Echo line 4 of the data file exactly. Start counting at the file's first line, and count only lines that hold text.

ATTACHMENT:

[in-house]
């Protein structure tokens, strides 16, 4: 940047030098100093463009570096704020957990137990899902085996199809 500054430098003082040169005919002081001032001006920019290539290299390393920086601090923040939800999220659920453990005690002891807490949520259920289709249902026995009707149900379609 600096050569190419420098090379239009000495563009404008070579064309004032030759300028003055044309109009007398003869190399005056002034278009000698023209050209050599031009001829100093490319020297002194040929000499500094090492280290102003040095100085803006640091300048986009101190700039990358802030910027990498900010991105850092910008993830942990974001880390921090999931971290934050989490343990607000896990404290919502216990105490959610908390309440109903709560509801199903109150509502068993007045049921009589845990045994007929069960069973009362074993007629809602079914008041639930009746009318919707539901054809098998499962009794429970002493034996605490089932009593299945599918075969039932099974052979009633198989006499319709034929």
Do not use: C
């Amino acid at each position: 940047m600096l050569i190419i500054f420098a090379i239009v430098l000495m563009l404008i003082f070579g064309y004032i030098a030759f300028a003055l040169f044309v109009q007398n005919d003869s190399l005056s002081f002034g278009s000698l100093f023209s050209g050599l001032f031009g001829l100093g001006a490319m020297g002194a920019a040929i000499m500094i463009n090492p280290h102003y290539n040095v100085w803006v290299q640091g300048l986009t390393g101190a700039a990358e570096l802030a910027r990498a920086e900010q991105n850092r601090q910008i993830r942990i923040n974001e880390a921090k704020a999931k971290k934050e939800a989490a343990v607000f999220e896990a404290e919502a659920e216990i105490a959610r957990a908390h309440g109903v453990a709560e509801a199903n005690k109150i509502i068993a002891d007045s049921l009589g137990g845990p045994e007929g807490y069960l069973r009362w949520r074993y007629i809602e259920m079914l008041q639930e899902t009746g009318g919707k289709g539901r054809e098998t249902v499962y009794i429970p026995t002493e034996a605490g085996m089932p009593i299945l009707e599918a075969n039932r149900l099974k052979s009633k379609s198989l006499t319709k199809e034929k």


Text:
């Amino acid at each position: 940047m600096l050569i190419i500054f420098a090379i239009v430098l000495m563009l404008i003082f070579g064309y004032i030098a030759f300028a003055l040169f044309v109009q007398n005919d003869s190399l005056s002081f002034g278009s000698l100093f023209s050209g050599l001032f031009g001829l100093g001006a490319m020297g002194a920019a040929i000499m500094i463009n090492p280290h102003y290539n040095v100085w803006v290299q640091g300048l986009t390393g101190a700039a990358e570096l802030a910027r990498a920086e900010q991105n850092r601090q910008i993830r942990i923040n974001e880390a921090k704020a999931k971290k934050e939800a989490a343990v607000f999220e896990a404290e919502a659920e216990i105490a959610r957990a908390h309440g109903v453990a709560e509801a199903n005690k109150i509502i068993a002891d007045s049921l009589g137990g845990p045994e007929g807490y069960l069973r009362w949520r074993y007629i809602e259920m079914l008041q639930e899902t009746g009318g919707k289709g539901r054809e098998t249902v499962y009794i429970p026995t002493e034996a605490g085996m089932p009593i299945l009707e599918a075969n039932r149900l099974k052979s009633k379609s198989l006499t319709k199809e034929k």